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This Week In HIV Research

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This Week in HIV Research: Racial Disparity in Retention in Care Develops Over Time, and Preventing Half of New Infections by 2025

March 18, 2016

This week, a study finds that the racial gap in retention in care gradually develops over time. Another study finds that scaling up treatment for people who use drugs does not increase drug resistance in that community. Plus, increasing retention in care could cut the number of new infections in half by the year 2025, according to new estimates. To beat HIV, you have to follow the science!


Treatment

Racial Disparity in Retention in Care Develops Over Time

While African Americans and whites are retained in HIV care at roughly the same rate during the first year of treatment, the gap between ethnicities widens considerably over time, a recent longitudinal chart review found.

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Twelve months after their first treatment at the study clinic, more than 80% of the 655 people studied were still receiving HIV care. By 36 months after enrollment, only 46% of African Americans were still in care compared to 63% of other participants.

"The absence of a racial disparity in retention at 12 months, but emergence of a disparity over time suggests a need for specific interventions that address barriers to care as they arise," the study authors concluded.

The study also confirmed that retention in care is important for achieving viral suppression: 82% of participants who had stayed in care for the entire 36 months were virally suppressed at the end of that period, while only 25% of those who had not remained in HIV care achieved viral suppression.

Read: Last Week in HIV Research: How HIV Avoids Detection and Sneaks Into Cells, and Anemia Predicts Neurocognitive Impairment

Scaling Up HIV Treatment Among People Who Use Drugs Does Not Increase HIV Drug Resistance

Scaling up antiretroviral therapy among groups who are less likely to adhere to treatment regimens, such as people who use illicit drugs, does not increase the level of drug resistance in that community, a recent study in Vancouver, British Columbia, found.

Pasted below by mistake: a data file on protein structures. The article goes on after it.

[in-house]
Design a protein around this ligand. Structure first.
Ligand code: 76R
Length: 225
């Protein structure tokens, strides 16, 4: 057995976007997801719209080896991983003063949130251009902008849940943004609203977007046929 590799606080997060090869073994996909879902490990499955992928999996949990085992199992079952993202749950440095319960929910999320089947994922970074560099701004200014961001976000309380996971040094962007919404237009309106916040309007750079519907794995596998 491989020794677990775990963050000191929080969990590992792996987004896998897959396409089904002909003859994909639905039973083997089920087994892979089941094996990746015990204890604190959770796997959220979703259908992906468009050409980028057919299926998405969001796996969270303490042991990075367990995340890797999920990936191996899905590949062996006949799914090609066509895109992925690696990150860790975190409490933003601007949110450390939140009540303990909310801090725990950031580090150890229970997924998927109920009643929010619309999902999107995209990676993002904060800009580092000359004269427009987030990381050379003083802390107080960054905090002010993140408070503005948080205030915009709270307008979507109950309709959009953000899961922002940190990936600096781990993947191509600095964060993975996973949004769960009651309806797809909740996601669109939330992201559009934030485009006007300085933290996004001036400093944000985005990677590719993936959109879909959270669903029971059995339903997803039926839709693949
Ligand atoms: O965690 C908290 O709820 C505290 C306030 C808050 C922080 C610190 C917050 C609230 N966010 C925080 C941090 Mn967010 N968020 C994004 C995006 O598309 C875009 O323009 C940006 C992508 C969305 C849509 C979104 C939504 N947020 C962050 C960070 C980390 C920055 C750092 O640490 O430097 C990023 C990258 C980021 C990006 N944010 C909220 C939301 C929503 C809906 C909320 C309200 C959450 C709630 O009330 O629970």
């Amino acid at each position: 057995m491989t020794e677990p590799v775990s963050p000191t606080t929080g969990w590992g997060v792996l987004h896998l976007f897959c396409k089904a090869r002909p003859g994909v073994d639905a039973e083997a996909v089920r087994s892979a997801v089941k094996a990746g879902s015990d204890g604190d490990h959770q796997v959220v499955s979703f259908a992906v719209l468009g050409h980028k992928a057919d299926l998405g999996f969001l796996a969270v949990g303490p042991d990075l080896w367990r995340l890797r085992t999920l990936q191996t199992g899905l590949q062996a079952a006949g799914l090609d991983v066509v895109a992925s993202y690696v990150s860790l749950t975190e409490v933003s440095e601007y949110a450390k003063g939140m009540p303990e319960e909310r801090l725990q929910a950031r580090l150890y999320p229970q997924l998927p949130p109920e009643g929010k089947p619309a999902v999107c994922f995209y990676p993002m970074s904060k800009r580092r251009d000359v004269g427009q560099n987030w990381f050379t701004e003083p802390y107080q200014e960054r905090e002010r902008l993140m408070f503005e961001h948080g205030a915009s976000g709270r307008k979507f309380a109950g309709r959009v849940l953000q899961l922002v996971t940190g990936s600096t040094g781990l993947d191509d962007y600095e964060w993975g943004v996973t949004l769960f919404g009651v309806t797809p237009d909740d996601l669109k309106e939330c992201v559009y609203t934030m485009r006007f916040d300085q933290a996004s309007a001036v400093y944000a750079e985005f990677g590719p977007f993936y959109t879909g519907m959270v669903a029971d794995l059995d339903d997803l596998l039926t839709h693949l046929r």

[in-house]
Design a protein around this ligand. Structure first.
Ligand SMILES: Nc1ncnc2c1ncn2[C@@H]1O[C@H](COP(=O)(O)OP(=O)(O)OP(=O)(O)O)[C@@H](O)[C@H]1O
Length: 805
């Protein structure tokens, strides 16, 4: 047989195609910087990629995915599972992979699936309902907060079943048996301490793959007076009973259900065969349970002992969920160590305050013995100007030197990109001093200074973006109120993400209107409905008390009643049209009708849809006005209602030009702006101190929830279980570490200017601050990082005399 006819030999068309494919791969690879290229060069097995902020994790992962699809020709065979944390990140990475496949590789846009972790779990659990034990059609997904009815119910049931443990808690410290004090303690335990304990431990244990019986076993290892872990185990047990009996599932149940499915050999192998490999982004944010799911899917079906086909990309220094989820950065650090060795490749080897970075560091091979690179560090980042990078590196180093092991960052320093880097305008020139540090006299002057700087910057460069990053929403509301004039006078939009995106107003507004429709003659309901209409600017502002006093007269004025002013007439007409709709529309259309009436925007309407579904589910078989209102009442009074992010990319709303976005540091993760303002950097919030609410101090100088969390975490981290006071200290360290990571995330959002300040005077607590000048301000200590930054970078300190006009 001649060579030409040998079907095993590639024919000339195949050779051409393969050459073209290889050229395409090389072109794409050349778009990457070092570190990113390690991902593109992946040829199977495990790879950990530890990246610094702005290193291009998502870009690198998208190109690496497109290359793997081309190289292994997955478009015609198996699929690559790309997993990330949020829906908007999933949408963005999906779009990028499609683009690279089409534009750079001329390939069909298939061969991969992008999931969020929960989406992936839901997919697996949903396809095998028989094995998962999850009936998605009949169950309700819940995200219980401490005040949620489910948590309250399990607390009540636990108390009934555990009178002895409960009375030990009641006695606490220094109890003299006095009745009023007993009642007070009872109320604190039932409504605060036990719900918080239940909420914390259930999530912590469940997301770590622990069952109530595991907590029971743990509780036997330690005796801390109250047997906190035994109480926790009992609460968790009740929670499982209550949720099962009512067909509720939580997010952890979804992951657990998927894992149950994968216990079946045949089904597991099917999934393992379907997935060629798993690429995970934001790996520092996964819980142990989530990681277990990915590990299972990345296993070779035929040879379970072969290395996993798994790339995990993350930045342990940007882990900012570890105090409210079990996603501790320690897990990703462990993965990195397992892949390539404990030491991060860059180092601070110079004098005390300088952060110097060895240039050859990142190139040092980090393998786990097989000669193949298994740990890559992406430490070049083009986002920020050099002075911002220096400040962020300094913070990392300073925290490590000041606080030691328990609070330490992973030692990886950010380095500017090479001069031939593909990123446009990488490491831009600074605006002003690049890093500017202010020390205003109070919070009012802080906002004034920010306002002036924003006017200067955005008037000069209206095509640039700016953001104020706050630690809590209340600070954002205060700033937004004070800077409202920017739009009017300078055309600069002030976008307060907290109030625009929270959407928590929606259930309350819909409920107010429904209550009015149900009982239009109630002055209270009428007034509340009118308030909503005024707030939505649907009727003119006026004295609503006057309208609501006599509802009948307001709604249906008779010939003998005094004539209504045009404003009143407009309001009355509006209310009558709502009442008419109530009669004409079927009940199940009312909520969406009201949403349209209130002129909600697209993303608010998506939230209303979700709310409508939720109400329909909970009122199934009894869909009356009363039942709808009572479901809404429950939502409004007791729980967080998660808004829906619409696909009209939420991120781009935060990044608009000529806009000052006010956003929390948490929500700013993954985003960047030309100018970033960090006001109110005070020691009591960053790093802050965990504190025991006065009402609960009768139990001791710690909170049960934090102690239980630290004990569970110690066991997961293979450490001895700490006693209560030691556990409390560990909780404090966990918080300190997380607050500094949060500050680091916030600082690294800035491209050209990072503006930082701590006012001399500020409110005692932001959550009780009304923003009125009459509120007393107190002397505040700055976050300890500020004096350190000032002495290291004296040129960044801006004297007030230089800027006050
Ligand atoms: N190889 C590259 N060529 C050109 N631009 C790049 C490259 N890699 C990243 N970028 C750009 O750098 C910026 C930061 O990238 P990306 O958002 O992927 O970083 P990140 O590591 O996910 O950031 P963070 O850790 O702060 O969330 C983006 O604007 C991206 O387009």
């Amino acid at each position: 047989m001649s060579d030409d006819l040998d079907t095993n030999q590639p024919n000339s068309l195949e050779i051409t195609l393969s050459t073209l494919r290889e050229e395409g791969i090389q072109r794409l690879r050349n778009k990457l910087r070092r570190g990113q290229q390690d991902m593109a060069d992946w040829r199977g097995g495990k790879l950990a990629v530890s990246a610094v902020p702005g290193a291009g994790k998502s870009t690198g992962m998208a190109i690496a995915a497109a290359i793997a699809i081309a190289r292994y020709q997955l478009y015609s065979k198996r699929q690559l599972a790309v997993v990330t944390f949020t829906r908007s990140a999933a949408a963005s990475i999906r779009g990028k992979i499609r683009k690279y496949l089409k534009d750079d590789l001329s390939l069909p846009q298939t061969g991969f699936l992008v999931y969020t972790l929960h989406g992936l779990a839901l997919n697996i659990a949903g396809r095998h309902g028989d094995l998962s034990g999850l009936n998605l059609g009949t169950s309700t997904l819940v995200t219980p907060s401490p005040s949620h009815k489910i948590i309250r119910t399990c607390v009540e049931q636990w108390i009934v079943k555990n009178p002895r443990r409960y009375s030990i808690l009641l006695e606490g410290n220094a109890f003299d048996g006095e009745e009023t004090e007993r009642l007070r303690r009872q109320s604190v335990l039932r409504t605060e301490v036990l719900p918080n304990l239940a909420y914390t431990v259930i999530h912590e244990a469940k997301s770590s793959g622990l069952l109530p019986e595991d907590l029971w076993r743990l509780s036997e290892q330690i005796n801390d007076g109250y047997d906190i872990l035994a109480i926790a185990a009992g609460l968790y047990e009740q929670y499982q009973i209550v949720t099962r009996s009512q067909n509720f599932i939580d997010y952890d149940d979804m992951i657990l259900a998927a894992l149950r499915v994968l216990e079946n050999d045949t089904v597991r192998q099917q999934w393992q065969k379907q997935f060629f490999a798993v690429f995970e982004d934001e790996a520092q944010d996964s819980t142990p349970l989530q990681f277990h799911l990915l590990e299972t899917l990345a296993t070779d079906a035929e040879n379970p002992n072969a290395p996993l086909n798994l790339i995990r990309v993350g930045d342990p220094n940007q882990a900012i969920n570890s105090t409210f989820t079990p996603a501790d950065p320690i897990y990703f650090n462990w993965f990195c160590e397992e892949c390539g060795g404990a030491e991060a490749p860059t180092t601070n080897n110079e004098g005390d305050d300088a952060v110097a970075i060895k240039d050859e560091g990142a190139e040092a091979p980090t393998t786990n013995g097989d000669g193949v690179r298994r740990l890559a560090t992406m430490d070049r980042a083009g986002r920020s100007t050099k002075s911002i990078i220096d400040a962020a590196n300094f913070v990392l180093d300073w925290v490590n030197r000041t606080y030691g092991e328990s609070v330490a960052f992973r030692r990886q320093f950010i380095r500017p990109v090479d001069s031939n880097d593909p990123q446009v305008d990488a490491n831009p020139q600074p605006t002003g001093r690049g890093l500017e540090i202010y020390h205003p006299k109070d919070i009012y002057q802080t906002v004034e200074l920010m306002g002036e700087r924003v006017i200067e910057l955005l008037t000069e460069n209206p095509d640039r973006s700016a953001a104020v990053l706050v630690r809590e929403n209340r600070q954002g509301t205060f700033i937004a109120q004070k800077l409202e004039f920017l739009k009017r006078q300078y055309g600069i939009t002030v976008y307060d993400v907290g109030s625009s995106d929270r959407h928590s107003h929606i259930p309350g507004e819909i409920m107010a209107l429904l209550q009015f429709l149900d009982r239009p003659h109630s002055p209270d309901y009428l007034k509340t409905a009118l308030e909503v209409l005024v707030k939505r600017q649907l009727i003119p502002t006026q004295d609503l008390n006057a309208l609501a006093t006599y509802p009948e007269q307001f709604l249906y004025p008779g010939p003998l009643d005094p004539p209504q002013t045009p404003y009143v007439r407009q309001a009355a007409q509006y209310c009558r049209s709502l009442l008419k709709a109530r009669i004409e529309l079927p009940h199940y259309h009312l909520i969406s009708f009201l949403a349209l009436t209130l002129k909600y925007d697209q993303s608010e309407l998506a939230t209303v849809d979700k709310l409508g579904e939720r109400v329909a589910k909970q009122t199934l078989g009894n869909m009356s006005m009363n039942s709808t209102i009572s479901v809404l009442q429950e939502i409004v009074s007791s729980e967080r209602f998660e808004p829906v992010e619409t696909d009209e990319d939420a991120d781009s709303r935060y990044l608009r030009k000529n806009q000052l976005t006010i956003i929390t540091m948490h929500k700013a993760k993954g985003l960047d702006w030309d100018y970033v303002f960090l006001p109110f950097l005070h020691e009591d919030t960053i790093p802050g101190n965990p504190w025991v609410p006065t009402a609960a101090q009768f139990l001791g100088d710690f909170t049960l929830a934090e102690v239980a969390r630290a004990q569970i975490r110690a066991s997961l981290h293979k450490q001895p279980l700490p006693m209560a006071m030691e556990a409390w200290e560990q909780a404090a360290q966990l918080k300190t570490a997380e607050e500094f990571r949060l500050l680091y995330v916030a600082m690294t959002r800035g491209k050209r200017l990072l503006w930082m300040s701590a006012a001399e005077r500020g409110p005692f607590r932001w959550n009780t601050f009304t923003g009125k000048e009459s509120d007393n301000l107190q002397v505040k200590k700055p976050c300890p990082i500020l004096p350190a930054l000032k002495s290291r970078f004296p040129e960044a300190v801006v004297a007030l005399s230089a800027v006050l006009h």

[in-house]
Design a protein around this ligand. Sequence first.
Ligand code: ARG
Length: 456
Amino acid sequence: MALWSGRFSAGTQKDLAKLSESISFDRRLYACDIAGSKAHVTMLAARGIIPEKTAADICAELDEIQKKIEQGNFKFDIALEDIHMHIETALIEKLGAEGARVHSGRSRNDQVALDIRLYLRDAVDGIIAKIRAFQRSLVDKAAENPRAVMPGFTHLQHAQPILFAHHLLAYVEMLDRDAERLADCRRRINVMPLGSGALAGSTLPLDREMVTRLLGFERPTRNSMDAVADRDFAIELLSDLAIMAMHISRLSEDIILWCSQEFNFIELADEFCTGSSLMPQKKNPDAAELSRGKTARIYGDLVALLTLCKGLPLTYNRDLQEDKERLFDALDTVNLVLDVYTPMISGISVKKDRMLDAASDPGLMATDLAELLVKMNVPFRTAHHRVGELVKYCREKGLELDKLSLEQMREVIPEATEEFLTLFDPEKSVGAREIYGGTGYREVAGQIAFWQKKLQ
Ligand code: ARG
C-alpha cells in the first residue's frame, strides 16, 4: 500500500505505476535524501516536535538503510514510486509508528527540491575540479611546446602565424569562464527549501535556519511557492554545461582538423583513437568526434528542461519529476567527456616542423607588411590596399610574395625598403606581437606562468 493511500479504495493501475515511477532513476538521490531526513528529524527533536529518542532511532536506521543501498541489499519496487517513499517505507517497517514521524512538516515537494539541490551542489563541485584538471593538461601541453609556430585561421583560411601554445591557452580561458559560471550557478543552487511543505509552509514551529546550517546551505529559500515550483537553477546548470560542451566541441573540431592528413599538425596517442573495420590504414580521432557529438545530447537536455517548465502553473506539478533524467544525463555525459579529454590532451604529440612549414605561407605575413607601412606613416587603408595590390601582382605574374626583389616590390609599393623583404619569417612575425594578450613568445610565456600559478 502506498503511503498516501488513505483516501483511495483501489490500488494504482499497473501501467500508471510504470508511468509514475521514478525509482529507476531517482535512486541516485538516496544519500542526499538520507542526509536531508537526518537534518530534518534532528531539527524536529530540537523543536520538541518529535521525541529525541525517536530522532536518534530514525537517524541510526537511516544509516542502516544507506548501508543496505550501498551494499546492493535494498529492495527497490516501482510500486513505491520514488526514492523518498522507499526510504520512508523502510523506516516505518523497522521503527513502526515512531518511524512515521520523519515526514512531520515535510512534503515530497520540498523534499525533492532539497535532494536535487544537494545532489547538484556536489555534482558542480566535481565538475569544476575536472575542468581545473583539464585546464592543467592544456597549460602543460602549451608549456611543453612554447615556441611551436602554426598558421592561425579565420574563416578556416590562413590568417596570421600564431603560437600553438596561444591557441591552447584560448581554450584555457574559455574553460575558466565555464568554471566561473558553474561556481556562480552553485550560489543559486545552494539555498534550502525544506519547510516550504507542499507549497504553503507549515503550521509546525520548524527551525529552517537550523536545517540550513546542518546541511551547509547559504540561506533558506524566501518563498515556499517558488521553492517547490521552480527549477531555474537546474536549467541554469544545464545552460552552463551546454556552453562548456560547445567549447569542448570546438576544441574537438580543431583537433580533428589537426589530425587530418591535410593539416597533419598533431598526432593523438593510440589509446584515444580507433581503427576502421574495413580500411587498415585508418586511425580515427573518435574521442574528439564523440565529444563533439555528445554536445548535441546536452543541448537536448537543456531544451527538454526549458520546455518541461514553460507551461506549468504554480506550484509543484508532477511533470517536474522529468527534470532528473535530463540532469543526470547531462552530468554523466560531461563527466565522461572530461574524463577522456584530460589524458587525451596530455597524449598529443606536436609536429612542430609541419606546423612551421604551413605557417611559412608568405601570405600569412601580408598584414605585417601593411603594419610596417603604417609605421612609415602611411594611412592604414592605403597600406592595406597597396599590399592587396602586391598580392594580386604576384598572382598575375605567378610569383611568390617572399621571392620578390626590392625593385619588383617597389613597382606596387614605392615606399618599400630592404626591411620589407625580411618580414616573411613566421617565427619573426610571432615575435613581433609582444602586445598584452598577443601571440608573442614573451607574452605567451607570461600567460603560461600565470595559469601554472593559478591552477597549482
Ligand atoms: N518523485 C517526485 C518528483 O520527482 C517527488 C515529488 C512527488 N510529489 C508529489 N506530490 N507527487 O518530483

Researchers analyzed data on 819 people living with HIV who also used illicit drugs other than cannabis during a treatment as prevention (TasP) initiative in that community. Previous studies in similar populations had found lower likelihoods of viral suppression and significant barriers to effective HIV care.

By contrast, the proportion of participants in this study with an undetectable viral load (less than 50 copies/mL) more than doubled, from 28% to 63%, during the study period (2006-2014). While the number of people on antiretroviral treatment increased during that time, HIV drug resistance declined. "Our findings support continued efforts to scale up [antiretroviral therapy] coverage among HIV-positive [people who use illicit drugs]," the researchers believe.


Prevention

Retention in Care Could Prevent Half of New HIV Infections by 2025

The number of new HIV infections in the U.S. could be more than halved by 2025, if 90% of people diagnosed with HIV were in care for their infection, a mathematical model reported in The Lancet shows.

The modeling study projects 524,000 new HIV infections within 10 years, if current rates of engagement in care continue. However, 52% of these infections could be averted, if the U.S. National HIV/AIDS Strategy's (NHAS) target of 90% retention in care was met.

By contrast, achieving two other NHAS targets -- 90% of people living with HIV knowing their serostatus, and 85% of them linked to care within one month of diagnosis -- would only marginally reduce HIV incidence, by 2.0% and 3.9%, respectively, the study predicts. The model suggests that an additional U.S. $105 billion would have to be spent in order to achieve that reduction in new HIV infections, along with all NHAS care targets.

"[Antiretroviral therapy] drug prices are the most influential drivers of cost in meeting the goals of improving HIV care engagement," the researchers concluded.

Barbara Jungwirth is a freelance writer and translator based in New York.

Follow Barbara on Twitter: @reliabletran.


Copyright © 2016 Remedy Health Media, LLC. All rights reserved.


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